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Basic Training 

Want to complete a marathon by next spring? Here's how.

People looking for a challenge or who want to take their workouts to the next level might consider running a marathon. If runners start training now, even novices have a shot at completing a marathon next spring, like the Rock 'n' Roll Marathon on March 4.

  "I recommend starting training now (for the Rock 'n' Roll Marathon)," says Rebecca King, a health fitness instructor at East Jefferson General Hospital who has completed more than 15 marathons, two Ironman races and four ultra-marathons ranging in length from 32 to 52 miles. "If you're a newbie, I'd consider the half-marathon, because marathon training is pretty challenging. But there's still time for the full marathon — it's just a matter of how much time you put into training. If anybody comes up to me and asks, 'Do you think I could do a marathon?' I say, 'Yes. Are you ready to train for one?'"

  King follows online running programs designed to help people prepare for marathons. She says the program is simple — "There's nothing rocket science about it" — but sticking with it takes time and discipline. "Training for a marathon is like a second job," she says. Here are a few guidelines.


  There are benefits to making the commitment to run a marathon. Elena Perez finds training for races provides structure, a goal and a way to turn exercise into an experience.

  "I started (with) a running group so I had goals," says Perez, who ran competitively in high school. "I enjoyed (running) when I was younger, and I kind of let it go by the wayside."

  Perez joined a running group that meets Monday and Wednesday evenings at Louisiana Running Company, and there are other groups that meet at Southern Runner and Phidippedes. Louisiana Running Company co-owner, personal trainer and experienced marathoner Jennifer Radecker helps Perez train, and Perez also benefits from the support and expertise of a diverse group of runners. King recommends running groups for everybody from beginners to experienced athletes.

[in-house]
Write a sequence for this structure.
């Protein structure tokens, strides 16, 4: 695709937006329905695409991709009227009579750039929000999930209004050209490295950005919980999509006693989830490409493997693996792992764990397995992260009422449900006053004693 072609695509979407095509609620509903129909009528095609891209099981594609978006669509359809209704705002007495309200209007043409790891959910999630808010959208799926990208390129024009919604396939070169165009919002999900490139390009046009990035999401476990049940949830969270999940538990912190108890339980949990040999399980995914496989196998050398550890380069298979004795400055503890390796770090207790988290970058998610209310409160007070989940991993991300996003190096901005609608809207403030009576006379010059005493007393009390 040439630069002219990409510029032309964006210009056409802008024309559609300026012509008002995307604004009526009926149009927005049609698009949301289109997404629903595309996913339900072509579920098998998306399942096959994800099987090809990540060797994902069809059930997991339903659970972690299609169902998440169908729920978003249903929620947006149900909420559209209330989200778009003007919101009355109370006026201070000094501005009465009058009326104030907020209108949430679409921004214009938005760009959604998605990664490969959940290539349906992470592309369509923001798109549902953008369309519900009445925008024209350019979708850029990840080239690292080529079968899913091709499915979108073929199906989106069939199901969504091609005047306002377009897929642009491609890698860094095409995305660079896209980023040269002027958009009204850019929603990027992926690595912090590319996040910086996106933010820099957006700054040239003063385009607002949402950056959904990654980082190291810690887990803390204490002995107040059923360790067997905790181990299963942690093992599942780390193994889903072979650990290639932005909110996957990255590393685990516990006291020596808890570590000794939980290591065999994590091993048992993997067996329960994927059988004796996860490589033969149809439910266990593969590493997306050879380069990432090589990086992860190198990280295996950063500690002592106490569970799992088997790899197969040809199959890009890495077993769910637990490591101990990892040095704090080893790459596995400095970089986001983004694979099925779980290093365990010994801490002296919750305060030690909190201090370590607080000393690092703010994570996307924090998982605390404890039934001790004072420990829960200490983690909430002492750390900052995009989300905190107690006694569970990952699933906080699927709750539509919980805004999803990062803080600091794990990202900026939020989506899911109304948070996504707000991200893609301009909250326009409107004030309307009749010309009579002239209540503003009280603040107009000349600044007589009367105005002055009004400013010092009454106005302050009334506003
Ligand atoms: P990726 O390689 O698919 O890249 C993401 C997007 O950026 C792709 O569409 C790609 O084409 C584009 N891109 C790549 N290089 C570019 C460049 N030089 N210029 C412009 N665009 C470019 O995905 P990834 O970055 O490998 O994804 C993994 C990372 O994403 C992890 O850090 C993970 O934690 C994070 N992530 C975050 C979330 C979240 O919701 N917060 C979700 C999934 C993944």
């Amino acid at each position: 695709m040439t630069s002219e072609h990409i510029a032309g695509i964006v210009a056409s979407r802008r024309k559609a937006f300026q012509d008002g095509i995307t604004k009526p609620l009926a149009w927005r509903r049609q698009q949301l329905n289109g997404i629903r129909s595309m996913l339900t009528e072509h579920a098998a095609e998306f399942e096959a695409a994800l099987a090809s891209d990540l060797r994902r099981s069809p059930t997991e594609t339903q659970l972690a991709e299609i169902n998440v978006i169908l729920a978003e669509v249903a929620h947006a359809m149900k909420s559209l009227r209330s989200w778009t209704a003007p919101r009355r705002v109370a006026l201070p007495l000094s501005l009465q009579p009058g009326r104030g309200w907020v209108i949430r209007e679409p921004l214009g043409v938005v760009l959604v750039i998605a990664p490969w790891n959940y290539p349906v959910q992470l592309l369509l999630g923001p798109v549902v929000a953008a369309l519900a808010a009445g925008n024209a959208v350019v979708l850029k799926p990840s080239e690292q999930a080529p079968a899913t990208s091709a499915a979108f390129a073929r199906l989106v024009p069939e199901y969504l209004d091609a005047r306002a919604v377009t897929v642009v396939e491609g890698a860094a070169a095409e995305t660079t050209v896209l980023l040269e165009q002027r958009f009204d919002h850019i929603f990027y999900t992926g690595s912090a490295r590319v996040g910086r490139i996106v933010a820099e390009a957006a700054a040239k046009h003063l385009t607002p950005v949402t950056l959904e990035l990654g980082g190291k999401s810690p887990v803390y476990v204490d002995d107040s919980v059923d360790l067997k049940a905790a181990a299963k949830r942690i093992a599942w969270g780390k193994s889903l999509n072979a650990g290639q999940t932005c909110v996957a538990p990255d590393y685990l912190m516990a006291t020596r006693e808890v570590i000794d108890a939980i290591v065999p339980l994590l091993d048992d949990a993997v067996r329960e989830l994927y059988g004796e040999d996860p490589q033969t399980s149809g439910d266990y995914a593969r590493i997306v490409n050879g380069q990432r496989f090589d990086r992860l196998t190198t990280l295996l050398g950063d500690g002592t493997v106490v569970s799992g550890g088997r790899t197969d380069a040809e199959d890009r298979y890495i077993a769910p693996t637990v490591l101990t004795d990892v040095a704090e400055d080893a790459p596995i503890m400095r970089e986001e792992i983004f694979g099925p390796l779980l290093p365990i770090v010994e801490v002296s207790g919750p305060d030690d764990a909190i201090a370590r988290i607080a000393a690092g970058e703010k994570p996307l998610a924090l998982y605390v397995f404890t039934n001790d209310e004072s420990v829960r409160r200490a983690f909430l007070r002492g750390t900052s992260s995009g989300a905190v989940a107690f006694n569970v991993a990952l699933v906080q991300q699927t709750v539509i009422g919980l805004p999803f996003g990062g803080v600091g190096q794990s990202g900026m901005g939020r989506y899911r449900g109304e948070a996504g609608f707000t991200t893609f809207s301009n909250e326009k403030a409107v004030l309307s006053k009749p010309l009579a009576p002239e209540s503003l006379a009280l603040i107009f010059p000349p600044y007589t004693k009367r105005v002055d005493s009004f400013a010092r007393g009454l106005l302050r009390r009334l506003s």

"I used to train on my own, and now I run with groups, and my running has gone to a different level," says King, who points out that running groups can offer advice on training programs, nutrition, hydration and avoiding injuries. "Just hearing the trials and errors of other people really helps. They offer motivation to keep going, and it's social. Those long runs get boring. Sometimes being with other runners helps out."


  After runners have a solid support system and training schedule in place, it's time to think about gear. Proper shoes are the most important equipment, but a quick jaunt through a running store reveals products ranging from anti-chafing products to superhero-esque hydration belts. The array can prove overwhelming. However, Patrick Gavin, who co-owns Louisiana Running Company, says these items are not essential for beginners. Until runners regularly log eight miles, they can hold off on loading up on gear.

  "The bare essentials are the right shoes," Gavin says. "If you're just starting with running, I think that's the most important thing."

  King echoes these sentiments and recommends anyone embarking on marathon training visit a running store to get specially fitted for shoes. Running style, arch height and the way a runner's feet flare out or point inward all must be considered when buying shoes. "Shoes can make you or break you," King says. "I was running with the wrong shoes, and I got shin splints. I pound a lot of weight on my feet, so I need a thicker cushion. I would go someplace that has devices that can measure your running. There are places that study your feet and your mechanics — they'll do a little run test with you and fit you for a shoe. There's a shoe for everybody."